Startups

Chicago-Based Built In Announces Series B To Scale Its Community-Centric Recruiting Platform

In an exclusive with Crunchbase News, Built In is announcing a $3.6 million in a Series B. MATH Venture Partners led the round, with co-founding general partner Troy Henikoff representing the firm on BuiltIn’s board of directors. Serra Ventures, as well as a number of Built In’s prior institutional and angel investors, also participated in the round.

Many communities have some experience with building physical hubs to serve as the center of local entrepreneurial attention. These big spaces may offer co-working space, event venues, and regular networking functions to bring members of a city’s startup scene together as one, or at least they try to.

Follow Crunchbase News on Twitter & Facebook

What initially launched as a social network for Chicago’s tech community has since transformed into what Maria Katris, Built In’s CEO, called a “a highly-differentiated recruitment platform” that highlights local technology companies and connects talented folks with open positions at those companies. And it’s not just for Chicago anymore: Built In has spun up instances in six other markets: Los Angeles, Colorado, New York, Austin, Boston, and, as of just a couple weeks ago, Seattle.

The company has raised around $4.3 million across three prior rounds, the most recent of which was a $2.4 million Series A announced in November 2016. This Series B brings Built In’s funding total to $7.9 million across four rounds. Katris said this most recent round might be considered a Series A2 in many markets, considering the relatively small amount of capital involved and how recently the company raised a Series A round. But, she said, “When your valuation is doubling, it’s hard to say it’s an extension.”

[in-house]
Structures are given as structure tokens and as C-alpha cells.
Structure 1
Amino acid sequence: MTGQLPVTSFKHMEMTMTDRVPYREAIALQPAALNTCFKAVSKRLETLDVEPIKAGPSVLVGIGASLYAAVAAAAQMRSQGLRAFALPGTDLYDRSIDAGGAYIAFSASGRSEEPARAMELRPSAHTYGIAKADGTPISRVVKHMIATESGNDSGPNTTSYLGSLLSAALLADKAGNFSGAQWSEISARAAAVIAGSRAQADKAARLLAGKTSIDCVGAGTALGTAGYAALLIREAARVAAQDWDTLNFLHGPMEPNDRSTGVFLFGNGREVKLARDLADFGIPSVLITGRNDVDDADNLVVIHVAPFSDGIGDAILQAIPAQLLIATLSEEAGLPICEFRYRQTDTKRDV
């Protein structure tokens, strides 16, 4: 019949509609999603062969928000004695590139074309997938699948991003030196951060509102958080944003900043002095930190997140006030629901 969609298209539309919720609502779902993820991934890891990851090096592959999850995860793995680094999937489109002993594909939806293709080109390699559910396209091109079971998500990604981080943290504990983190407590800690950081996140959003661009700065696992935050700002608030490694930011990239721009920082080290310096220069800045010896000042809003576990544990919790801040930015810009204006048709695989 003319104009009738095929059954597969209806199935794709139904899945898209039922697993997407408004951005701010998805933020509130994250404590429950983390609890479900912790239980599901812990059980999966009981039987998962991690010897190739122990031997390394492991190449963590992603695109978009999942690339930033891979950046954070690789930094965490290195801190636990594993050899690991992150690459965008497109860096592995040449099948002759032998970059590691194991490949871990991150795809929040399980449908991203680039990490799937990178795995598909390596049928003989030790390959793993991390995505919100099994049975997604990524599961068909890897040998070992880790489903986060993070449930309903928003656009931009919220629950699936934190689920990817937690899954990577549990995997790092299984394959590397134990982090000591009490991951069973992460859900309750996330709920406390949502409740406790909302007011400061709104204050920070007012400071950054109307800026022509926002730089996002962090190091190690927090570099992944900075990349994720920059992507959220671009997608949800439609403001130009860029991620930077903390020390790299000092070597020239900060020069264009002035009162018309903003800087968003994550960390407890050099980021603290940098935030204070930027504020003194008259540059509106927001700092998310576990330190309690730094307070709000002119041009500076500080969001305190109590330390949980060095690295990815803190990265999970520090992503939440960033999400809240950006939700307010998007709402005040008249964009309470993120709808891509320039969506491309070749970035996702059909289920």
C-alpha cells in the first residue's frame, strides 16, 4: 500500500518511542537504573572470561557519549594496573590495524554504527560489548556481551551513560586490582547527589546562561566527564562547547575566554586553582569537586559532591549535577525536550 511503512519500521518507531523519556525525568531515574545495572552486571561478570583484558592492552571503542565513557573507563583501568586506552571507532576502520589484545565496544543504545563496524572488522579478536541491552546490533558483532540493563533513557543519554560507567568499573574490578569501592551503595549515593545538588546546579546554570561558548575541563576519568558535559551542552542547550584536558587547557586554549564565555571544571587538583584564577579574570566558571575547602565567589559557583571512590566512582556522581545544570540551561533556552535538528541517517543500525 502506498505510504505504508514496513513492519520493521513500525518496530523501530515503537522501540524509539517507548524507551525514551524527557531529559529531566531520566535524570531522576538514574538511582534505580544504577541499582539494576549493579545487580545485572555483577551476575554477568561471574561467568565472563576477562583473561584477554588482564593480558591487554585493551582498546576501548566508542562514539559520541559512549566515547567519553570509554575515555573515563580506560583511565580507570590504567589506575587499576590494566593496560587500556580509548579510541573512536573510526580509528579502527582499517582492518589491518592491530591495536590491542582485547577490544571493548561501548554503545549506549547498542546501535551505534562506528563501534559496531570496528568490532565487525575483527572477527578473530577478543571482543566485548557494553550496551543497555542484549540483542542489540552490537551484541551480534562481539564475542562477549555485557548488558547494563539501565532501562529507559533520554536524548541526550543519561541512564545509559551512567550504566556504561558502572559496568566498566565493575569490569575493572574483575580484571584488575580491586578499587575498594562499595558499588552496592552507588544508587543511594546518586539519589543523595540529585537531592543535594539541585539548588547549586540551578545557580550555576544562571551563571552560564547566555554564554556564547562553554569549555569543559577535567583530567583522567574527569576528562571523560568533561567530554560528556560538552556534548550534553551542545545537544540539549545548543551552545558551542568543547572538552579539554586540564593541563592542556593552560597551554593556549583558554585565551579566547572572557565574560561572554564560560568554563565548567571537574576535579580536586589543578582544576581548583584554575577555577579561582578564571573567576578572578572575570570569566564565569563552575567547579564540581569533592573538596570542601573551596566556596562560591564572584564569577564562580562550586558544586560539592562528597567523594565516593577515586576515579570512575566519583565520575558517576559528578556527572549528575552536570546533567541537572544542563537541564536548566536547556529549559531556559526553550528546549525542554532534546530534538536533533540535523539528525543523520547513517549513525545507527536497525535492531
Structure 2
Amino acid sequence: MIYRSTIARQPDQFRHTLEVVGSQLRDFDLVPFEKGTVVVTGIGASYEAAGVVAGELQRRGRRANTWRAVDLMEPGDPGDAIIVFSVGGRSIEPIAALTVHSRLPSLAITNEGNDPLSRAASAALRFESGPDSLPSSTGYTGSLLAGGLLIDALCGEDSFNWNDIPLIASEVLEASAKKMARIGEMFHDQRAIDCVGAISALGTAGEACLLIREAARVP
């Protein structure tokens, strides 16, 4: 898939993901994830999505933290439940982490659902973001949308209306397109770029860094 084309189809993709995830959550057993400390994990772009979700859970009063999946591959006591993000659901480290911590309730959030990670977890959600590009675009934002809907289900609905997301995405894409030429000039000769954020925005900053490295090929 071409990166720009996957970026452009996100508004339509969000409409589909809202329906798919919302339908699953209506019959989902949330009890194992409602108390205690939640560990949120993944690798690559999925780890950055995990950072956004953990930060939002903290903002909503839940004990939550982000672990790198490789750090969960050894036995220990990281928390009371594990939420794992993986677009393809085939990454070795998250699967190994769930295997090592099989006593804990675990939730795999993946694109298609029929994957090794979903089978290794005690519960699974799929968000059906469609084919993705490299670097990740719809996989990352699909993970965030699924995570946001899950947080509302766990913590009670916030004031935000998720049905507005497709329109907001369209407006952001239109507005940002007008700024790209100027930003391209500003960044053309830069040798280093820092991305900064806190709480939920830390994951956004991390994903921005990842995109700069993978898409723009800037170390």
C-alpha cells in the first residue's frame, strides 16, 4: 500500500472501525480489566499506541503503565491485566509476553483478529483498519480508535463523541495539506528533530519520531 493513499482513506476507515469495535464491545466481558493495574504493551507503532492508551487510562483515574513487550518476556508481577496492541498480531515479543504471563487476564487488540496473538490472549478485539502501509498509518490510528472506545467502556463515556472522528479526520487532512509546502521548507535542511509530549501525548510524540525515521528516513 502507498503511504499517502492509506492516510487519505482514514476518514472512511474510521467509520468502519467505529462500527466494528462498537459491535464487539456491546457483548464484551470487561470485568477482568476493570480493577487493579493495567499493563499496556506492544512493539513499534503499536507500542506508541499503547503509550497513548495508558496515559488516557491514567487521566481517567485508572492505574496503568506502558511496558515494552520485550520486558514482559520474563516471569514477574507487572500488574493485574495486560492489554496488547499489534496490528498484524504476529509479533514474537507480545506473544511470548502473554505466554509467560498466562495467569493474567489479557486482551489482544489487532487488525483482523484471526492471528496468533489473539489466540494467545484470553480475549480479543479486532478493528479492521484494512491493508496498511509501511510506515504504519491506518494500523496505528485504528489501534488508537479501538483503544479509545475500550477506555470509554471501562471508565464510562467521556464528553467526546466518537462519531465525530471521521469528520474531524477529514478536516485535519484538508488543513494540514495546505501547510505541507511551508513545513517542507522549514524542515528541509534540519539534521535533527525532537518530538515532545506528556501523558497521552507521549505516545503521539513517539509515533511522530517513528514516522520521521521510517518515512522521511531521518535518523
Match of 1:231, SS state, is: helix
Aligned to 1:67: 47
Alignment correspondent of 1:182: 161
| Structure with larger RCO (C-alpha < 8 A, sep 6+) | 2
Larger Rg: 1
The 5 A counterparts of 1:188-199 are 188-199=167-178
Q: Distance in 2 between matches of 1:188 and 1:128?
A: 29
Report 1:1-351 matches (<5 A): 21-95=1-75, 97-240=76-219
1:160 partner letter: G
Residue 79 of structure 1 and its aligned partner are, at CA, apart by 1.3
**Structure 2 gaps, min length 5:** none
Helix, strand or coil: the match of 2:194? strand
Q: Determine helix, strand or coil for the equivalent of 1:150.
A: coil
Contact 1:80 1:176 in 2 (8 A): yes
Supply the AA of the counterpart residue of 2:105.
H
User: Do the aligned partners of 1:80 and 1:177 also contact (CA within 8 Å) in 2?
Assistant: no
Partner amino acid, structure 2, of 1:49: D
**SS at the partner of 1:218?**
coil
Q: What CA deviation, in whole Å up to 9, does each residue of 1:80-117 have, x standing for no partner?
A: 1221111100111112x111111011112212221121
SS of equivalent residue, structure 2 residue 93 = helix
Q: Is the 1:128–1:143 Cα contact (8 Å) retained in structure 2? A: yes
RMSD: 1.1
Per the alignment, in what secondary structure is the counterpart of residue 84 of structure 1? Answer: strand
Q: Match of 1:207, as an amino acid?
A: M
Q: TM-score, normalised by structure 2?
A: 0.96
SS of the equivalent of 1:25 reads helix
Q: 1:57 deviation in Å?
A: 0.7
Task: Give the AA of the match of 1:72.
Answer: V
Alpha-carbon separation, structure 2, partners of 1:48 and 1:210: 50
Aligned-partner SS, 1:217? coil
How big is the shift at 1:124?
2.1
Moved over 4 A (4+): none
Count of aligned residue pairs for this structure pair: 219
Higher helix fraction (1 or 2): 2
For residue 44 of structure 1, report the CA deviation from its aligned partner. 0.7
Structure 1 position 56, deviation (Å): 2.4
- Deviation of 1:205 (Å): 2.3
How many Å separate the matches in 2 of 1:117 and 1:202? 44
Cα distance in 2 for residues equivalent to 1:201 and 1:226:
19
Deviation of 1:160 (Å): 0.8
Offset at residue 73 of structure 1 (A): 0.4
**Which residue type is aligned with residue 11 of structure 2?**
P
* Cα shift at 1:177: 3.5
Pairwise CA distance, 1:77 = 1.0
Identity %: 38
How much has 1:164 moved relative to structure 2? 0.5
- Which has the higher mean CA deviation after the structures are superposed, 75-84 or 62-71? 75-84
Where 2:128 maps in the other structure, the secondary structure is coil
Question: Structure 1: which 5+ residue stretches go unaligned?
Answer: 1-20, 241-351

“Our strategy with fundraising has always been to take money when we need it to grow, not to survive,” she said.“The impetus for raising this round was to fuel growth and build the platform for the future.”

Katris and her team at Built In bootstrapped the business for its first three years, expanding to two other communities – Los Angeles and Colorado – and growing annual revenue to $600,000 before seeking outside funding.

“I thought it was really important to have a [proven] business model before raising,” she explained during our interview in Built In’s Chicago headquarters.

According to Katris, the company has “pretty much doubled business year over year for the last few years.” Built In has over 500 customers across its markets, and customers range from small firms with under 100 employees to digital divisions of larger corporations and everywhere in between. Built In itself continues to grow its ranks, too. With approximately 60 employees today, Built In is on track to double its headcount in 2018 and could have as many as 80 people employed by year’s end.

Katris cited two major trends behind the rise of Built In and its community. She observed that “ten or twenty years ago, you wouldn’t have called [a company like] Walgreens, Grainger, or Caterpillar a ‘digital technology company,’ but today they have hundreds of engineers on staff. So the opportunity has become vast.”

It’s the second trend, though, that may give Built In more leverage, or so goes the company’s thesis.

“Millennials are really shaping the workforce today. They’ve driven this proliferation of community-based, purpose-based platforms,” she told Crunchbase News. “So if you think about what Etsy has done for DIY, what Airbnb has done for travel, WeWork for co-working, Built In is doing the same for recruitment. Our approach is to lead with content and community, so we’re connecting people who love tech, with those who hire tech, on something more than a job post ever could.”

There’s an audience too old to have found a job through listings in a newspaper that’s also tired of cold pitches from recruiters and other transactional interactions common on big professional networking sites. By Katris’s telling, Built In represents a third-wave of platform that goes beyond “employer branding” to “humanize recruiting” for the workforce of the future.

Illustration: Li-Anne Dias